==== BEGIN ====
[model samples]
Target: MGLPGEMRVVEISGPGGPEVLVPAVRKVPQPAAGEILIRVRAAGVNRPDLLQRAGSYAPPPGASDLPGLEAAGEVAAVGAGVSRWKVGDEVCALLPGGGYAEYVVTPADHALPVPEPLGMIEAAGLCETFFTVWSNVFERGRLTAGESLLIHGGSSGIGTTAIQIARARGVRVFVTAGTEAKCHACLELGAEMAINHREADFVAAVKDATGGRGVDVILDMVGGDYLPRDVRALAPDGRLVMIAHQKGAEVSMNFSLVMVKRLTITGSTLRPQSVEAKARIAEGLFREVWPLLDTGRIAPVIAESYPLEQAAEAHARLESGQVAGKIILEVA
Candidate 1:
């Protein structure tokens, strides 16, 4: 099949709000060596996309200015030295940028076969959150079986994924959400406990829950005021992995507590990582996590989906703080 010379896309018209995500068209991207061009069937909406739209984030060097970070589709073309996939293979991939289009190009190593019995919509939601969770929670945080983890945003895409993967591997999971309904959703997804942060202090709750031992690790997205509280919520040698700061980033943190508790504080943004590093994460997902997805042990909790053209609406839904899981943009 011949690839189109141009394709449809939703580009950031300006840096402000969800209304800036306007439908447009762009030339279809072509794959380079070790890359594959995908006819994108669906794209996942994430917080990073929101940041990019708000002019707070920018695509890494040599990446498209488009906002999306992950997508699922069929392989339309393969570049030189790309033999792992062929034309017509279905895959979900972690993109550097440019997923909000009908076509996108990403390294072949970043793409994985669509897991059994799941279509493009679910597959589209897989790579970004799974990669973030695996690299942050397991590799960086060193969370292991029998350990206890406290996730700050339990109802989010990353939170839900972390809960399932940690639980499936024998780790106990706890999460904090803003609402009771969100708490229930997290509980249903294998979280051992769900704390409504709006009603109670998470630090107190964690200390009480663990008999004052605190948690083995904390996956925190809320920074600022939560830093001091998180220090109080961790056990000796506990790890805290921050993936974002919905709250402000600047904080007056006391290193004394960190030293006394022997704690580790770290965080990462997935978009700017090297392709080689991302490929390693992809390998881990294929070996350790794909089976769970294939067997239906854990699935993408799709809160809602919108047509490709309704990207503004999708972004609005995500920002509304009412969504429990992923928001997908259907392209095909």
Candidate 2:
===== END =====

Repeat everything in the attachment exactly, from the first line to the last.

[model samples]
Target: MGLPGEMRVVEISGPGGPEVLVPAVRKVPQPAAGEILIRVRAAGVNRPDLLQRAGSYAPPPGASDLPGLEAAGEVAAVGAGVSRWKVGDEVCALLPGGGYAEYVVTPADHALPVPEPLGMIEAAGLCETFFTVWSNVFERGRLTAGESLLIHGGSSGIGTTAIQIARARGVRVFVTAGTEAKCHACLELGAEMAINHREADFVAAVKDATGGRGVDVILDMVGGDYLPRDVRALAPDGRLVMIAHQKGAEVSMNFSLVMVKRLTITGSTLRPQSVEAKARIAEGLFREVWPLLDTGRIAPVIAESYPLEQAAEAHARLESGQVAGKIILEVA
Candidate 1:
């Protein structure tokens, strides 16, 4: 099949709000060596996309200015030295940028076969959150079986994924959400406990829950005021992995507590990582996590989906703080 010379896309018209995500068209991207061009069937909406739209984030060097970070589709073309996939293979991939289009190009190593019995919509939601969770929670945080983890945003895409993967591997999971309904959703997804942060202090709750031992690790997205509280919520040698700061980033943190508790504080943004590093994460997902997805042990909790053209609406839904899981943009 011949690839189109141009394709449809939703580009950031300006840096402000969800209304800036306007439908447009762009030339279809072509794959380079070790890359594959995908006819994108669906794209996942994430917080990073929101940041990019708000002019707070920018695509890494040599990446498209488009906002999306992950997508699922069929392989339309393969570049030189790309033999792992062929034309017509279905895959979900972690993109550097440019997923909000009908076509996108990403390294072949970043793409994985669509897991059994799941279509493009679910597959589209897989790579970004799974990669973030695996690299942050397991590799960086060193969370292991029998350990206890406290996730700050339990109802989010990353939170839900972390809960399932940690639980499936024998780790106990706890999460904090803003609402009771969100708490229930997290509980249903294998979280051992769900704390409504709006009603109670998470630090107190964690200390009480663990008999004052605190948690083995904390996956925190809320920074600022939560830093001091998180220090109080961790056990000796506990790890805290921050993936974002919905709250402000600047904080007056006391290193004394960190030293006394022997704690580790770290965080990462997935978009700017090297392709080689991302490929390693992809390998881990294929070996350790794909089976769970294939067997239906854990699935993408799709809160809602919108047509490709309704990207503004999708972004609005995500920002509304009412969504429990992923928001997908259907392209095909």
Candidate 2: